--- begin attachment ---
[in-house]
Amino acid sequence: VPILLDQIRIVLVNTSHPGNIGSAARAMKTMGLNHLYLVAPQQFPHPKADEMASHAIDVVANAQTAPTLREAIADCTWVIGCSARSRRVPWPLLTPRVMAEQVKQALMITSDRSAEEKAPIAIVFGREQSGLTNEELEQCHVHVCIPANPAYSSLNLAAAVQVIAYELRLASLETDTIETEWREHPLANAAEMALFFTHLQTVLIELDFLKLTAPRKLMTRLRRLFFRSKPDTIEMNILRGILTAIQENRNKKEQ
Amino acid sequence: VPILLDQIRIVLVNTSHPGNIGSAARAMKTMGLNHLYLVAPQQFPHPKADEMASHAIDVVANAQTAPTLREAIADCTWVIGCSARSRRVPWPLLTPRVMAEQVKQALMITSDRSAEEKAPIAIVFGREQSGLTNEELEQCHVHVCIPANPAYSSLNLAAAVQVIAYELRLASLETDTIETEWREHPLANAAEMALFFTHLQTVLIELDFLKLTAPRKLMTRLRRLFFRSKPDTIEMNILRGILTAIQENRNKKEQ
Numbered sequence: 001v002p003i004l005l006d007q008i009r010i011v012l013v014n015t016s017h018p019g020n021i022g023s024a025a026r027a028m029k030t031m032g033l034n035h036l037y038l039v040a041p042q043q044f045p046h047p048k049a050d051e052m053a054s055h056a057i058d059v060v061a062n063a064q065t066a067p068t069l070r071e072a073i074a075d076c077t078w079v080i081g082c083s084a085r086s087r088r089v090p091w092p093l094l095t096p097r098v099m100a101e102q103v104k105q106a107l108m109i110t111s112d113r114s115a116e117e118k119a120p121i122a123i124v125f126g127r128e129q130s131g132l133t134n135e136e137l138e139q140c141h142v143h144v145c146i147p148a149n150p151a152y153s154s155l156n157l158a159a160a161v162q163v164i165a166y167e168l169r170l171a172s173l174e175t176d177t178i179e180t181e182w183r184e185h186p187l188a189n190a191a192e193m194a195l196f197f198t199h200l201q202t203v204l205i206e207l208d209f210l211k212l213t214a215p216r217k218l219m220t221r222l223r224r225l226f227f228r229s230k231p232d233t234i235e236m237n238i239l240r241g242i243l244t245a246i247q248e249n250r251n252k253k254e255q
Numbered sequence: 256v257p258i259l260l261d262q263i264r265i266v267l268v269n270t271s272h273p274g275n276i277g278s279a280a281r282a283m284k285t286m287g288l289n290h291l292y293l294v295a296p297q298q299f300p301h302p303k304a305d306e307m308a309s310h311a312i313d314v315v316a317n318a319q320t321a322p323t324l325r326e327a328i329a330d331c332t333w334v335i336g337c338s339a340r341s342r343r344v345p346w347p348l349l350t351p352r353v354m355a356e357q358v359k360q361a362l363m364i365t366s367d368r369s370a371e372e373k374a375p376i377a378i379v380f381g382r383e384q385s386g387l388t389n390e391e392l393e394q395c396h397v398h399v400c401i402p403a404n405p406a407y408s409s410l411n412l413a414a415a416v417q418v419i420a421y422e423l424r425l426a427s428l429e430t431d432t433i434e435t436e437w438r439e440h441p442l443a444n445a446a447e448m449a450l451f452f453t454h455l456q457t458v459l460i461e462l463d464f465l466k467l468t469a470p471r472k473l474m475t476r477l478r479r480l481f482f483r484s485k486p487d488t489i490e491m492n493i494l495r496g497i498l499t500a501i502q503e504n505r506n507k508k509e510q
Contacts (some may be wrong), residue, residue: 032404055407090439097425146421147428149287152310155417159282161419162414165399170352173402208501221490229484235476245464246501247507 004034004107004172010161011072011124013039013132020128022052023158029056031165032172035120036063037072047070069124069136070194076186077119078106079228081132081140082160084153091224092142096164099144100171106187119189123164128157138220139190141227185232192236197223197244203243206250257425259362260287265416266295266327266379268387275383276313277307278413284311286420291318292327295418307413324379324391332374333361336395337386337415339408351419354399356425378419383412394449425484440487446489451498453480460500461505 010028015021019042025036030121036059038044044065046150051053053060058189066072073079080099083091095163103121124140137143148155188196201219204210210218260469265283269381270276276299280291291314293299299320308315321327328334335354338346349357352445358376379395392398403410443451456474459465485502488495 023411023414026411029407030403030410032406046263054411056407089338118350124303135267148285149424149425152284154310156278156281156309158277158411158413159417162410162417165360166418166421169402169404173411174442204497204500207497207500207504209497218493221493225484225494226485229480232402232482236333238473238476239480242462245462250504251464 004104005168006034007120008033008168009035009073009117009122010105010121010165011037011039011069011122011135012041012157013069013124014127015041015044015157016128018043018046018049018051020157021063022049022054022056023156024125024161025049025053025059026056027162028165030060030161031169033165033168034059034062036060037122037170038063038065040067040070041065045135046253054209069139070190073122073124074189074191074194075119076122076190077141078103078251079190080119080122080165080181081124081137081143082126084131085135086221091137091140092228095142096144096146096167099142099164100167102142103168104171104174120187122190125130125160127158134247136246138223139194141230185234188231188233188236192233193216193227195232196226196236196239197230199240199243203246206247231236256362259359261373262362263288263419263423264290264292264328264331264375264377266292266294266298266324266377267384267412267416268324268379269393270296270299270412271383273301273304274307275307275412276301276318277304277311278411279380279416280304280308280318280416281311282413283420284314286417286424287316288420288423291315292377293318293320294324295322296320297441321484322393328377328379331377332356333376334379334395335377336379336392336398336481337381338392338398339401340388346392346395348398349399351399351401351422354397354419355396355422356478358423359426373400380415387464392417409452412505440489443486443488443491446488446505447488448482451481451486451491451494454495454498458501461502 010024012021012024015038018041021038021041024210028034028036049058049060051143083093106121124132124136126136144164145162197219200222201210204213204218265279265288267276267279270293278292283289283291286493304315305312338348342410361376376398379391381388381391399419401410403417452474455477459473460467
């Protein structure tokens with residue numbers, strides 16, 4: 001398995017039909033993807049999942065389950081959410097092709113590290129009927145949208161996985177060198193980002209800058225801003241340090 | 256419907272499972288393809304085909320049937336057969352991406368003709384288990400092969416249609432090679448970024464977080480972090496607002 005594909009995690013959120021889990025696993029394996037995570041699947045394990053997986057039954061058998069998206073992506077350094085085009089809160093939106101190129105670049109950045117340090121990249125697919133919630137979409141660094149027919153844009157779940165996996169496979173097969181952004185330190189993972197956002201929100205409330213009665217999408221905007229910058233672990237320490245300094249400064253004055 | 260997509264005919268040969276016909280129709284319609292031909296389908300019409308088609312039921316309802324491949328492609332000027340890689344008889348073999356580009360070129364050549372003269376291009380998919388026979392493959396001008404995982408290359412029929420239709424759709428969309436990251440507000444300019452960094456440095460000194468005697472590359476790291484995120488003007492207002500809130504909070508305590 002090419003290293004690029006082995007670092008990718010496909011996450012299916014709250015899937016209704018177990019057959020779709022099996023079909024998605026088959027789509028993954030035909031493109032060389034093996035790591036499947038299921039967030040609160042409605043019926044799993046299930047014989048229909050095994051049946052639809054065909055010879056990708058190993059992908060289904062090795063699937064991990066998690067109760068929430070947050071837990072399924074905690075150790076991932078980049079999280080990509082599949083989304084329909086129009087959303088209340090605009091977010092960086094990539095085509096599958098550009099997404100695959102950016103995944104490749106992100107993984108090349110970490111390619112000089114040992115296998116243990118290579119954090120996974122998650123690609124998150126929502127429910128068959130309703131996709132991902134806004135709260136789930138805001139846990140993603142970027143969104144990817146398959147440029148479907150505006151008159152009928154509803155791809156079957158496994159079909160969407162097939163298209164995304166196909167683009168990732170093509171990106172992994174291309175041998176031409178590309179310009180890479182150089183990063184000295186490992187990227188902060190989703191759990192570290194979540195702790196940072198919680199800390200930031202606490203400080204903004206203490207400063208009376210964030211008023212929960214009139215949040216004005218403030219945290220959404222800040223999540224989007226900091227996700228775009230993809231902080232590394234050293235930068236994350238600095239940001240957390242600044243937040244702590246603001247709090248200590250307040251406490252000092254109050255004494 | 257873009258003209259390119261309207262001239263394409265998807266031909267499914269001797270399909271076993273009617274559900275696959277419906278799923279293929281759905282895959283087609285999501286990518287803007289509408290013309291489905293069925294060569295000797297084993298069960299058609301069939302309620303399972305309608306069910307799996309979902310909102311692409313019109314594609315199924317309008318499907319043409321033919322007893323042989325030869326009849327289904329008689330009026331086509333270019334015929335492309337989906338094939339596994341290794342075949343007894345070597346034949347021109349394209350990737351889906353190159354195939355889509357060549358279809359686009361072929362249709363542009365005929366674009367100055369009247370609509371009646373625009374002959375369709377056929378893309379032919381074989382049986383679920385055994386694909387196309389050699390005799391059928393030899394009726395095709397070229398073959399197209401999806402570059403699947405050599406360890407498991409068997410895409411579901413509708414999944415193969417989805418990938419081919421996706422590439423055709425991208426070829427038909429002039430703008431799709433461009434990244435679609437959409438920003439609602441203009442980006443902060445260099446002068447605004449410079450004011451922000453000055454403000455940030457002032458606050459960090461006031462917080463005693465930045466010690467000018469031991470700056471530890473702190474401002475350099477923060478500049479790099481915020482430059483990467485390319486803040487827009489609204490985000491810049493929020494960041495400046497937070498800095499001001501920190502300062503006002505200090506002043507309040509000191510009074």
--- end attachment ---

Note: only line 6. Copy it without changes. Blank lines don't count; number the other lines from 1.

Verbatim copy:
Contacts (some may be wrong), residue, residue: 032404055407090439097425146421147428149287152310155417159282161419162414165399170352173402208501221490229484235476245464246501247507 004034004107004172010161011072011124013039013132020128022052023158029056031165032172035120036063037072047070069124069136070194076186077119078106079228081132081140082160084153091224092142096164099144100171106187119189123164128157138220139190141227185232192236197223197244203243206250257425259362260287265416266295266327266379268387275383276313277307278413284311286420291318292327295418307413324379324391332374333361336395337386337415339408351419354399356425378419383412394449425484440487446489451498453480460500461505 010028015021019042025036030121036059038044044065046150051053053060058189066072073079080099083091095163103121124140137143148155188196201219204210210218260469265283269381270276276299280291291314293299299320308315321327328334335354338346349357352445358376379395392398403410443451456474459465485502488495 023411023414026411029407030403030410032406046263054411056407089338118350124303135267148285149424149425152284154310156278156281156309158277158411158413159417162410162417165360166418166421169402169404173411174442204497204500207497207500207504209497218493221493225484225494226485229480232402232482236333238473238476239480242462245462250504251464 004104005168006034007120008033008168009035009073009117009122010105010121010165011037011039011069011122011135012041012157013069013124014127015041015044015157016128018043018046018049018051020157021063022049022054022056023156024125024161025049025053025059026056027162028165030060030161031169033165033168034059034062036060037122037170038063038065040067040070041065045135046253054209069139070190073122073124074189074191074194075119076122076190077141078103078251079190080119080122080165080181081124081137081143082126084131085135086221091137091140092228095142096144096146096167099142099164100167102142103168104171104174120187122190125130125160127158134247136246138223139194141230185234188231188233188236192233193216193227195232196226196236196239197230199240199243203246206247231236256362259359261373262362263288263419263423264290264292264328264331264375264377266292266294266298266324266377267384267412267416268324268379269393270296270299270412271383273301273304274307275307275412276301276318277304277311278411279380279416280304280308280318280416281311282413283420284314286417286424287316288420288423291315292377293318293320294324295322296320297441321484322393328377328379331377332356333376334379334395335377336379336392336398336481337381338392338398339401340388346392346395348398349399351399351401351422354397354419355396355422356478358423359426373400380415387464392417409452412505440489443486443488443491446488446505447488448482451481451486451491451494454495454498458501461502 010024012021012024015038018041021038021041024210028034028036049058049060051143083093106121124132124136126136144164145162197219200222201210204213204218265279265288267276267279270293278292283289283291286493304315305312338348342410361376376398379391381388381391399419401410403417452474455477459473460467